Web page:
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The Federal Housing Administration (FHA) has issued a mortgagee letter that lowers the owner-occupancy requirement on condominiums from 50 percent to 35 percent.
“Analysis of FHA’s insured condominium portfolio over the past few years indicates that condominium loans have a lower default rate than other FHA programs, which FHA attributes, in part, to its project-wide owner occupancy requirements,” said the agency in its letter, adding that it is possible to protect the Mutual Mortgage Insurance Fund (MMIF) while allowing lower owner-occupancy percentages “if certain adjustments are made to enhance other requirements that affect the financial stability of the project.”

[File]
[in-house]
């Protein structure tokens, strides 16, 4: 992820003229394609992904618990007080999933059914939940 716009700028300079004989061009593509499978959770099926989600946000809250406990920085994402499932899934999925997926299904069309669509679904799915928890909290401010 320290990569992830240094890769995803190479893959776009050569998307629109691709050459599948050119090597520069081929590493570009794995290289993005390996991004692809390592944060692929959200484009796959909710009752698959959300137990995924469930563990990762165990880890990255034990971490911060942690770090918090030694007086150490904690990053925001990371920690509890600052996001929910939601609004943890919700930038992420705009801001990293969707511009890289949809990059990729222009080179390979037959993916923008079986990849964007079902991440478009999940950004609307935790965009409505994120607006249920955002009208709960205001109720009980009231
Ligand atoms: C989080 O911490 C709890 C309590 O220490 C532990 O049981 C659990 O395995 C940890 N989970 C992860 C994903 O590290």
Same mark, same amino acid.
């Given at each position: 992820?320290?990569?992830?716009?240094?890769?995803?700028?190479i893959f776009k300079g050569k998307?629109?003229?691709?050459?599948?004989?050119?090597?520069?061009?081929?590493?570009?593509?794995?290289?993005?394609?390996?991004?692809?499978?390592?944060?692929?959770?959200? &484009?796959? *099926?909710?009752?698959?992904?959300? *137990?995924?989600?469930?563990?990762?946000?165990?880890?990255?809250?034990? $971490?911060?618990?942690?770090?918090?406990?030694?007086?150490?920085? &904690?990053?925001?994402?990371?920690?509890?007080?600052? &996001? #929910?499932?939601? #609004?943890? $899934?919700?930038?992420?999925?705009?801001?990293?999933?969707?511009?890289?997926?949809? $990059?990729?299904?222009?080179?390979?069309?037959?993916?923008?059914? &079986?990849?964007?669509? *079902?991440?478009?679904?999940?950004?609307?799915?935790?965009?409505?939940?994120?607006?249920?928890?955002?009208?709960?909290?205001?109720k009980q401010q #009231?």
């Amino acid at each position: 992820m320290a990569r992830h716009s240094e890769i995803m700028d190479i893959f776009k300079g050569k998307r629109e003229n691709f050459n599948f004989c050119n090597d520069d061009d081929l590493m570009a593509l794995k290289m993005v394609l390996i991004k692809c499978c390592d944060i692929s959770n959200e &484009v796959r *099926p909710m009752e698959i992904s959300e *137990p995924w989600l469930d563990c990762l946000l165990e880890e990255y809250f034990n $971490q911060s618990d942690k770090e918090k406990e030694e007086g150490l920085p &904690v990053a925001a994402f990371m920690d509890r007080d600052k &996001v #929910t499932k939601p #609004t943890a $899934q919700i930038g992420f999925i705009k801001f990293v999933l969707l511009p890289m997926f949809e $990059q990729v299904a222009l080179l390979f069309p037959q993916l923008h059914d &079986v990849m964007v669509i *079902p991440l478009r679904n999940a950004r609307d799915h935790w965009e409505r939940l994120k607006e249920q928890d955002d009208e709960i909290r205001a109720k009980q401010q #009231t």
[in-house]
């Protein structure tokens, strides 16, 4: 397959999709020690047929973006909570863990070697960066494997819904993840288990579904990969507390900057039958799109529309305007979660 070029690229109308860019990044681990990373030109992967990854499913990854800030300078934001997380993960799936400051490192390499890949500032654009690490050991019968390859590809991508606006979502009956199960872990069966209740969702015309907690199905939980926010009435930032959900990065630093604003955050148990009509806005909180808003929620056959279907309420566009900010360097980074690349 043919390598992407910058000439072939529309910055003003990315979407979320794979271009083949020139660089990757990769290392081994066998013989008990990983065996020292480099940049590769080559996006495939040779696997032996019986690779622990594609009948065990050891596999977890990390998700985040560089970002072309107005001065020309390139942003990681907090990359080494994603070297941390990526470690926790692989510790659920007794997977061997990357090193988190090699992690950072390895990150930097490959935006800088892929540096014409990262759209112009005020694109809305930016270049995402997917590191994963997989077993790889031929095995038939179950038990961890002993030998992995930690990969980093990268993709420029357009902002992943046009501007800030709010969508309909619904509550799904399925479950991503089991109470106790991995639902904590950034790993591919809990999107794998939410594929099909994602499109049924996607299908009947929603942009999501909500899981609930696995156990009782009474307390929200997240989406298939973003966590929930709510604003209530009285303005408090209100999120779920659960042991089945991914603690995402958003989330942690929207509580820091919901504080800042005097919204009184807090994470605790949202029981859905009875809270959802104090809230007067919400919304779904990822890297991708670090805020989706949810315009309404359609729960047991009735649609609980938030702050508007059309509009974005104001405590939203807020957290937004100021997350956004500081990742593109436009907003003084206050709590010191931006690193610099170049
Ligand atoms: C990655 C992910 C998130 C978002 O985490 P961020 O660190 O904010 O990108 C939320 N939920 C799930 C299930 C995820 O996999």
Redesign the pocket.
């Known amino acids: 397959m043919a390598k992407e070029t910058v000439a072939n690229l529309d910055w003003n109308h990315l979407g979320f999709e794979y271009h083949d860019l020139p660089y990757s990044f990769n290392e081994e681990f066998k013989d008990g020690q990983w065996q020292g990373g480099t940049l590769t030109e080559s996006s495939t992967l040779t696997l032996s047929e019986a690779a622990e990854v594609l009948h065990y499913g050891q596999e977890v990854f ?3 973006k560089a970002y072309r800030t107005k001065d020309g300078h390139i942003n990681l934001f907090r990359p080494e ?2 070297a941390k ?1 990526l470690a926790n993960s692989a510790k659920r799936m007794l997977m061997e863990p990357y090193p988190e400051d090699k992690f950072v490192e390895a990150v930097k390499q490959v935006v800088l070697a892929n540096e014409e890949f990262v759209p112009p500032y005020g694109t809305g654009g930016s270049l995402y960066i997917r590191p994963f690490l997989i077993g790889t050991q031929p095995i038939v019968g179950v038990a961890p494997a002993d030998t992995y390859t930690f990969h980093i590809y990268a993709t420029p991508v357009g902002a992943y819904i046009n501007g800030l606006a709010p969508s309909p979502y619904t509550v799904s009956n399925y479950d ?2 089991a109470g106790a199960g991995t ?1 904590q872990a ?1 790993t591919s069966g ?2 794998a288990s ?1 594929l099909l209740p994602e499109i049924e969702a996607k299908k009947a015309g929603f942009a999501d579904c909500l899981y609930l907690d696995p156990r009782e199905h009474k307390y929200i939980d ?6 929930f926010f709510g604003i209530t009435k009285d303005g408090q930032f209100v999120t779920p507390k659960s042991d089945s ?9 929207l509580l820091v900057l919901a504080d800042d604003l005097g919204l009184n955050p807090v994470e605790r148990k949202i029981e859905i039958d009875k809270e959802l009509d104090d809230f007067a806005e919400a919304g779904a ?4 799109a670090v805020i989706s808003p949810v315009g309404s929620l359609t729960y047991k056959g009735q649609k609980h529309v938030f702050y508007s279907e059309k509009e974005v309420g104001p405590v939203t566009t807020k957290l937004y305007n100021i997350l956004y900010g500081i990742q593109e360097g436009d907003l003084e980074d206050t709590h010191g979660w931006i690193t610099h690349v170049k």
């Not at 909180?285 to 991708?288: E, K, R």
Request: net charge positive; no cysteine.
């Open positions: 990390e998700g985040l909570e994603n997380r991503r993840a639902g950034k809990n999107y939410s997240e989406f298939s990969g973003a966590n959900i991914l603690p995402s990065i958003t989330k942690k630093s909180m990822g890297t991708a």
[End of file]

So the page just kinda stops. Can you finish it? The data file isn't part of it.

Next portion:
The FHA also cited Department of Housing and Urban Development data that determined “higher reserves, a low percentage of association dues in arrears, and evidence of long-term financial stability (as evidenced by financial documents) enable a lower occupancy percentage without unduly increasing risk to the MMIF” as support for its new requirement, which goes into immediate effect.
Tom Salomone, president of the National Association of Realtors (NAR), welcomed the mortgagee letter as offering “some much-needed relief to the market.”
“Condominiums will have a much easier time getting certified by FHA, and Realtors will have more options for clients looking to purchase a condo with an FHA mortgage,” said Salomone, whose organization lobbied aggressively for the change.